Now as Brisbane faces a massive clean up effort, experts begin to speculate on what the flood crisis means for the Australian economy and interest rates specifically. Some say they’ll go up and some down, as a result of this tragedy…so who is right?
In two separate articles in the Herald-Sun, economists made contradictory predictions about the fate of inflation and interest rates in the wake of the Queensland floods.
On the one hand, HSBC’s Paul Bloxham has increased his inflation forecast, suggesting there will be renewed wages pressure as Queensland rebuilds.
In addition, new data has recently been released that indicates the prices of imported goods are not falling fast enough to counteract inflation, even despite the high Aussie dollar.
Annual inflation for 2010 was reported by the TD Securities-Melbourne Institute to be 3.8%, with underlying inflation at 3.2% in the year to December; surpassing the Reserve Bank’s target range of 2 to 3%. The higher than expected figure was largely due to significant increases in the cost of fuel, fruit and vegetables, holiday travel and accommodation.
TD Securities analyst Annette Beacher said inflation risks from the Queensland floods were, “firmly tilted to the upside, where the immediate fallout is a likely spike in food price inflation.”
Bloxham says food prices will continue to rise in the wake of the disaster with Queensland supplying almost a third of Australia’s domestic fruit and vegetable produce.
“Food prices will rise due to the floods…against the backdrop of food markets which were already pretty tight,” he observes.
“The more important issue is that, with the labour market already around full employment, additional expenditure on reconstruction and repair will put further upward pressure on wages and thus inflation.”
Bloxham predicts that interest rates will be pushed up by 0.75% this year and 100 basis points by the first quarter of 2012 to 5.75%, as the RBA continues to counter inflationary pressures.
That’s one side of this contentious debate. However opposing this argument is RBA director Donald McGauchie, who in a separate Herald-Sun article said the floods could have a “substantial” effect on our export income.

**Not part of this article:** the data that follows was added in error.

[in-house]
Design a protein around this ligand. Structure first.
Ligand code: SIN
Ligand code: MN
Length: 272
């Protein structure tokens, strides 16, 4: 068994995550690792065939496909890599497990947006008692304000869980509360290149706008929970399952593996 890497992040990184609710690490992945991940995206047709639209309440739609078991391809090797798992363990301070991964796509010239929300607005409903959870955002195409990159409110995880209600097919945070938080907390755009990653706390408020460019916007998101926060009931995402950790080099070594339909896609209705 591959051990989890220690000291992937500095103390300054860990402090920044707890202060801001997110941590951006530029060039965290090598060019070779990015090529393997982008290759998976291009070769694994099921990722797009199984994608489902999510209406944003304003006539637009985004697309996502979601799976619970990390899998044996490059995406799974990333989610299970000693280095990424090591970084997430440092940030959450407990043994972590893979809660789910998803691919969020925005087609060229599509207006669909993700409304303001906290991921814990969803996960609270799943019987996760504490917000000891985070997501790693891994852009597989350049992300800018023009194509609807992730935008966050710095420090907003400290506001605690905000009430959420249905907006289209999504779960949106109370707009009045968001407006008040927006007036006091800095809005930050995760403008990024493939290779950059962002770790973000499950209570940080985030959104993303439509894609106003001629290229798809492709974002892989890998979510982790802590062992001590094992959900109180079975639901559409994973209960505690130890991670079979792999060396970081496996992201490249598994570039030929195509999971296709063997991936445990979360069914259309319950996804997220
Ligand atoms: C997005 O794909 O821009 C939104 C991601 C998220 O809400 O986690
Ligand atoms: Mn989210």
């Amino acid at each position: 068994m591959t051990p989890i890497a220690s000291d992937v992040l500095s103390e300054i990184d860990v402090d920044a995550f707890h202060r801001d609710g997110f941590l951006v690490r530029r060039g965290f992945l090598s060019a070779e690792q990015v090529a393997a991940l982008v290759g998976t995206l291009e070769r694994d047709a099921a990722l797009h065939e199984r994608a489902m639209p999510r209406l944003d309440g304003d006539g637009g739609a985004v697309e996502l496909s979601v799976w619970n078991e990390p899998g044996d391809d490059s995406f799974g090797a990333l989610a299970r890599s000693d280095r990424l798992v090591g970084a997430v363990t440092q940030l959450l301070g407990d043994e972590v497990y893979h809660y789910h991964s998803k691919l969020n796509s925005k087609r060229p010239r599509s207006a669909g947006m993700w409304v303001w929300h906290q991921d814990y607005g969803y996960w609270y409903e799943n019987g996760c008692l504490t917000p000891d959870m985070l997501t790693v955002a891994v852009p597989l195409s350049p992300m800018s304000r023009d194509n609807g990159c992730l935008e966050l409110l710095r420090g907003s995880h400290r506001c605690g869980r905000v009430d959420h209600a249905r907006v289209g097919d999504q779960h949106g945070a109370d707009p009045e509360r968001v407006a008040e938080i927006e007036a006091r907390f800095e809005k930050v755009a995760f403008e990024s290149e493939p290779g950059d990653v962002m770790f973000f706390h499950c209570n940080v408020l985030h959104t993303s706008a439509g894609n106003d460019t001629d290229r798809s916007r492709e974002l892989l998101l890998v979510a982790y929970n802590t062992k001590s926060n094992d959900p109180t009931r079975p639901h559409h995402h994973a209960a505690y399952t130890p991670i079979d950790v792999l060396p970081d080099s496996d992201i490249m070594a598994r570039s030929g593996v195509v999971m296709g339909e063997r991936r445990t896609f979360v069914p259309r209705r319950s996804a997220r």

While JP Morgan chief economist Stephen Walters has suggested that a rate rise in the near future in the wake of the floods is unlikely.
Initially forecasting an increase from the RBA in February, he says that’s now looking less likely; “I don’t think the RBA board members are particularly inclined to kick Queensland when they’re down with a rate hike.”
“Would the US have raised interest rates during Hurricane Katrina? Probably not.”
He said although a “spike” in food prices was on the cards due to the destruction of Queensland crops, the RBA would view this as temporary and that the coking coal industry, which produces 50% of global supplies, had “effectively shut down.”
Bucking the trend of predicting ups and downs due to the flood crisis is TD Securities’ Roland Randall, who claims it will have very little impact on interest rates at all in the big scheme of things.
“While the flooding is very serious and of course the personal tragic cost is very great, when you look at it in terms of its (economic) impact at the national level, it is actually quite small,” he said.
Randall notes that Queensland’s mining industry and agricultural sectors account for just 3% and less than 0.5% respectively, of Australia’s GDP. He adds that the RBA cannot adjust interest rates according to the economy of just one region, but must set monetary policy that is “appropriate for the entire country.”
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